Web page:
For this reason, anti-radiation medicine has advanced greatly before the Great War, leading to the creation of drugs that can briefly increase a body's resistance to ionizing radiation (Rad-X) and remove it from the body by bonding with irradiated particles (RadAway).[18] Diagnostic equipment such as radscanners was also very common, to the point that even frontier towns like Junktown can count on the local doctor having one.[19] In more advanced societies, humans can count on automated medical treatment with AutoDocs and preventative inoculations that bolster their bodies' innate resistance to radiation.[20]

Some have actually weaponized radiation, to create traps and even handheld weapons. Children of the Atom are notorious for their use of radiation weapons, ranging from improvised pistols to automatic rifles and even grenades.[21]

Radiation-induced mutations[edit | edit source]

A rare effect of human exposure to radiation: A ghoul.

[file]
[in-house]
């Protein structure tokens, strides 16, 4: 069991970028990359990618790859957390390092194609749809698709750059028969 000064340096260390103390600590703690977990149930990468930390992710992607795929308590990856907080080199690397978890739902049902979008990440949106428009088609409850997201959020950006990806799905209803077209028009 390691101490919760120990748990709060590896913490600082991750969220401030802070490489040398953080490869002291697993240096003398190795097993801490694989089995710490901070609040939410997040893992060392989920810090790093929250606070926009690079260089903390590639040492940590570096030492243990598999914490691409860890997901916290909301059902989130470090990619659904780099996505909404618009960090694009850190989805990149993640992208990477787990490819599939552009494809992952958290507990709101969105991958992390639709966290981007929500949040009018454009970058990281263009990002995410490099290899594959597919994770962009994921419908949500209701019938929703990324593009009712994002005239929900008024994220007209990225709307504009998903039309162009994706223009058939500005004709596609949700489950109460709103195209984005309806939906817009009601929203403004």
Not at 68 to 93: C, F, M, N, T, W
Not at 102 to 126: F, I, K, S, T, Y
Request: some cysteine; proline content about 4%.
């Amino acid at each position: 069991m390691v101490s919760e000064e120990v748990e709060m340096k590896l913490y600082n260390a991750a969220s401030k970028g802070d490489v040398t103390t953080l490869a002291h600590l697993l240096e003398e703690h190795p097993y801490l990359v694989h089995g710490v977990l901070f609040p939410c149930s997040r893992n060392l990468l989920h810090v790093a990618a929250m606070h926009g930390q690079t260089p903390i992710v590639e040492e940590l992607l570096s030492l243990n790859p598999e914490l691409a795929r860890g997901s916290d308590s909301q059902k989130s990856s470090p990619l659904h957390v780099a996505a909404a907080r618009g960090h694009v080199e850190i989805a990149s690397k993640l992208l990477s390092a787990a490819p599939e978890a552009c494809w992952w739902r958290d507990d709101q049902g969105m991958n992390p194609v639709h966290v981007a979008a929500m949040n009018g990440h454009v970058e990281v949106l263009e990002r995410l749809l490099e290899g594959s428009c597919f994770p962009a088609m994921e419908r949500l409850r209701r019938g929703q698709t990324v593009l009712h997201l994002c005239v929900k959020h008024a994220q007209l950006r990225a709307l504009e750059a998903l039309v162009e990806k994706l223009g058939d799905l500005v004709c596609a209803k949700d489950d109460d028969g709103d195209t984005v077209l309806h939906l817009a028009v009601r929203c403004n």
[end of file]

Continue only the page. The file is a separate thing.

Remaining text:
The amount of radiation released during the Great War has led to major changes in the biosphere, on top of the devastating climate changes that followed in the wake of civilization's march to nuclear devastation. Its presence has induced widespread mutations in flora and fauna, leading to the emergence of giant versions of regular species. Radiation-induced mutation is behind many of the staples of post-War United States, such as radscorpions, geckos, spore plants, and brahmin.[22][23]

Some humans may also become mutated by radioactive exposure. Although most will die after exposure, a combination of factors can cause them to become ghouls, humans who resemble walking corpses, but cannot die - and in fact enjoy immunity to the deleterious effects of radiation. A majority of ghouls would be little more than shambling corpses, with a minority retaining their faculties. Even they, however, have a chance to become glowing one or growing feral due to the accumulation of radioactive poisoning.[24] Most mutated lifeforms are similarly immune to radiation, but may become "glowing" by accumulating exposure, with a distinct green glow accompanying them, together with a radioactive "cloak" that poisons their surroundings.[25]

Gameplay[edit | edit source]

Radiation has a varying effect in the games, ranging from being a marginal issue in Fallout and Fallout 2, due to the general lack of high radiation locations (with a number of exceptions) to a much more robust, involved feature in succeeding games. See below for details: